Nasty Nick

When I was about ten years old, I strolled into Baseball Cards, Etc. in Five Points Mall in Bountiful and slapped down five bucks to invest in the very first Garbage Pail Kid, Nasty Nick, #1A. It might be worth something now, but looking back I still think I should have spent eight dollars on Adam Bomb, who was card #8 but was much more iconic of the Garbage Pail Kids series. Live and learn.

The Elvis Meets Nixon Snow Globe

My fascination with Elvis Presley and Richard Nixon is well-documented. My basement walls boast two Velvet Elvi and I've got a poster of Richard Nixon bowling in my bedroom. Their Oval Office meeting in the early 70's has to be one of the all time convergences of American political and popular culture, so when I discovered a mini-shrine to the event in the National Archives Gift Shop in DC two years ago, I had to pick up a T-shirt...and the snow globe.

The Black Power Afro Pick

Possibly the greatest thing I brought home with me from my two years in Chicago. While serving on the South Side, one night an investigator named Ronald took me aside and gave me a genuine Black Power Afro Pick. It's got a peace sign carved in the middle, and the top knob is shaped like a Black Power fist, and I can't look at it without remembering all those summer nights riding my trusty Trek 820 mountain bike (dubbed "Thunderlips") along 79th Street past Louis Farrakhan's Nation of Islam headquarters, past the riot troops getting ready to take on looters after the Bulls won the NBA title, dodging bottles, bricks, and a whole lotta curse words.

Man, I miss the South Side.

Pimpin' Presidents Fridge Magnets

My downstairs fridge has become decorated with a tasteful variety of colorful magnets in recent years, but perhaps none are so noteworthy as my set of "Pimpin' Presidents" my family got me a couple of Christmases ago. And who better to represent the collection than a man who embodied the pop and political cultural convergence that Elvis and Nixon worked so hard to start: President Ronald Reagan. I only wish he'd been drawn with a big Superman logo to go with his bling-bling.

The Lifesize Richard Simmons Cardboard Cutout

My buddy Breto passed this on to me years ago as a kind of Viewmont High heirloom for guys with quirky senses of humor. I was going to pass it on to this kid named Christian, but then he stopped returning my phone calls (which also left me with his bootleg copy of the Beatles' "Let it Be" documentary, incidentally). So now whenever folks swing by the old bachelor pad, they always get a little quality time with Richard Simmons. If they want to spend some quality time with his lower half, they have to go to my parents' basement and go through some of my storage.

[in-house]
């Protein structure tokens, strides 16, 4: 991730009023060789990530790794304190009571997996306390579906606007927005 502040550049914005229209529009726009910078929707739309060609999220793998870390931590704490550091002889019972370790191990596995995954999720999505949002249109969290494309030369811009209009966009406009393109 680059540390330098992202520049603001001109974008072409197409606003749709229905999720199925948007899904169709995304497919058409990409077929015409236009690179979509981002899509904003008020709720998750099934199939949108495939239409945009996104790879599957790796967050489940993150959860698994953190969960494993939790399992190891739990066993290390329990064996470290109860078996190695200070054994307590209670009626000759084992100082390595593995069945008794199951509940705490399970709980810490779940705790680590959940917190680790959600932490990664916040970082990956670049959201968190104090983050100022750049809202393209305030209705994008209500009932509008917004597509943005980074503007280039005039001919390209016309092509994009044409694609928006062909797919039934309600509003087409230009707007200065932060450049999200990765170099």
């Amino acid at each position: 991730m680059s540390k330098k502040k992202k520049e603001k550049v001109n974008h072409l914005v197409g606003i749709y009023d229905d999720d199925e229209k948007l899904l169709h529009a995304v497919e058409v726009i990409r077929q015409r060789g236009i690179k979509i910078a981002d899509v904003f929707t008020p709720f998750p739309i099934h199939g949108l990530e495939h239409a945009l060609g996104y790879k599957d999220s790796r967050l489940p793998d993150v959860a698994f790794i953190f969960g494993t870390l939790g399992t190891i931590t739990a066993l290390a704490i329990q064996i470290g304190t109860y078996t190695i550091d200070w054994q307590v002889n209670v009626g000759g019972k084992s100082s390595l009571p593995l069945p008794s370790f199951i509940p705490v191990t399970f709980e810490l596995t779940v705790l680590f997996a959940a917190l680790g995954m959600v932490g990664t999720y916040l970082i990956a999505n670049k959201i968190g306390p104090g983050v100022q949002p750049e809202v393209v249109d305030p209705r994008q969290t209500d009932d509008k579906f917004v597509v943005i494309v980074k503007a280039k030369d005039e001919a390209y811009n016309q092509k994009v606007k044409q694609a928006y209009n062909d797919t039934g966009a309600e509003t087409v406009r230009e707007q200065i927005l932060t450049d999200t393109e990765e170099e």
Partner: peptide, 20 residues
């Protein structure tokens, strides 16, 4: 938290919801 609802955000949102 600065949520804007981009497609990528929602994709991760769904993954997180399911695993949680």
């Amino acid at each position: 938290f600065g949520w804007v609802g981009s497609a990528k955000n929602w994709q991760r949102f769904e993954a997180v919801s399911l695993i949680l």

The Tabasco Bottle

One cold winter night in 1994, I dropped into the local Dee's Family Restaurant on 5th South in Bountiful with my good friends Brian and Ben. As we slid across the vinyl seats and took up our positions in a remote booth, Brian picked up this bottle of Tabasco Sauce and said something about how a friend of his had chugged one once. Upon hearing this, our waiter told Brian he'd give him five dollars if he'd do it. Five minutes later, Brian was screaming and dumping glassfuls of water down his enflamed esophagus with one hand and desperately clutching five dollar bills with the other. Ben and I rock-paper-scissored it to see who got to keep the bottle, and the rest is history.

The Nutters Trophy

This one is an actual White Elephant gift, my score from semi-traditional Christmas Date #1 in December 2007. The most coveted prize of the evening was an eighteen inch white ceramic Cockatoo-won ultimately by Mr. Dan Moench-but I was most pleased to accept my consolation prize, a small statue of a basketball player in very humiliating shorts.

The Rubber Viking Helmet

The Rubber Viking Helmet has seen plenty of action over the years, first as a key prop in the Salt Lake Institute News Network Skit, "Thedon the Friendly Nephite", then as a inspiring "Zombie-Fest" accessory for my friend Mr. John Visser, and finally as my new roommate Dustin's favorite hat. But technically the helmet still belongs to a kid named JR, who actually bought it from a Crossroads Mall Halloween shop back in October of 1998 around the time the two of us were starting a band with Breto. The band lasted through two practices, JR got engaged to a blond, and ten years later, he has still failed to reclaim his rubber helmet.

If he happens to show up for next year's Christmas Date, I'll have a happy surprise for him.